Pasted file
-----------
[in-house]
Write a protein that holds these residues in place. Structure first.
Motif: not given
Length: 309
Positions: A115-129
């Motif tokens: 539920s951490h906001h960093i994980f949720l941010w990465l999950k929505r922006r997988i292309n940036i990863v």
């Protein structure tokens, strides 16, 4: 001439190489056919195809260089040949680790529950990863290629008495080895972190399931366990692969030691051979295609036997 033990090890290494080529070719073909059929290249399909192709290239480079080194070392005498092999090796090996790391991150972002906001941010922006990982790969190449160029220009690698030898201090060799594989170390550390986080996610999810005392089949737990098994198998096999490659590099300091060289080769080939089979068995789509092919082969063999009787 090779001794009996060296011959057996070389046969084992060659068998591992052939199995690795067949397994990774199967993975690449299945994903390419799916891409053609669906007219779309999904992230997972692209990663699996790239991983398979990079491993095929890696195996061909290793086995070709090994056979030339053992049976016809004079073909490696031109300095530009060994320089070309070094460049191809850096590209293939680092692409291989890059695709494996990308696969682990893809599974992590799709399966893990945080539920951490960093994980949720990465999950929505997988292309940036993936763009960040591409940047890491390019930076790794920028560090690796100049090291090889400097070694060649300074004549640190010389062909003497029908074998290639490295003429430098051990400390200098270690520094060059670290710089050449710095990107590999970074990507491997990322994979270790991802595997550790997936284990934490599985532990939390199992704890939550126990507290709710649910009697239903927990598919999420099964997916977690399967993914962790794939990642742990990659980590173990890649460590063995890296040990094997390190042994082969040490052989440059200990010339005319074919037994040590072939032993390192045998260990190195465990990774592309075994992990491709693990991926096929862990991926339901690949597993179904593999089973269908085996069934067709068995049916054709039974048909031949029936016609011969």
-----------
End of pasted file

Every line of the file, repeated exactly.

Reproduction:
[in-house]
Write a protein that holds these residues in place. Structure first.
Motif: not given
Length: 309
Positions: A115-129
């Motif tokens: 539920s951490h906001h960093i994980f949720l941010w990465l999950k929505r922006r997988i292309n940036i990863v």
């Protein structure tokens, strides 16, 4: 001439190489056919195809260089040949680790529950990863290629008495080895972190399931366990692969030691051979295609036997 033990090890290494080529070719073909059929290249399909192709290239480079080194070392005498092999090796090996790391991150972002906001941010922006990982790969190449160029220009690698030898201090060799594989170390550390986080996610999810005392089949737990098994198998096999490659590099300091060289080769080939089979068995789509092919082969063999009787 090779001794009996060296011959057996070389046969084992060659068998591992052939199995690795067949397994990774199967993975690449299945994903390419799916891409053609669906007219779309999904992230997972692209990663699996790239991983398979990079491993095929890696195996061909290793086995070709090994056979030339053992049976016809004079073909490696031109300095530009060994320089070309070094460049191809850096590209293939680092692409291989890059695709494996990308696969682990893809599974992590799709399966893990945080539920951490960093994980949720990465999950929505997988292309940036993936763009960040591409940047890491390019930076790794920028560090690796100049090291090889400097070694060649300074004549640190010389062909003497029908074998290639490295003429430098051990400390200098270690520094060059670290710089050449710095990107590999970074990507491997990322994979270790991802595997550790997936284990934490599985532990939390199992704890939550126990507290709710649910009697239903927990598919999420099964997916977690399967993914962790794939990642742990990659980590173990890649460590063995890296040990094997390190042994082969040490052989440059200990010339005319074919037994040590072939032993390192045998260990190195465990990774592309075994992990491709693990991926096929862990991926339901690949597993179904593999089973269908085996069934067709068995049916054709039974048909031949029936016609011969």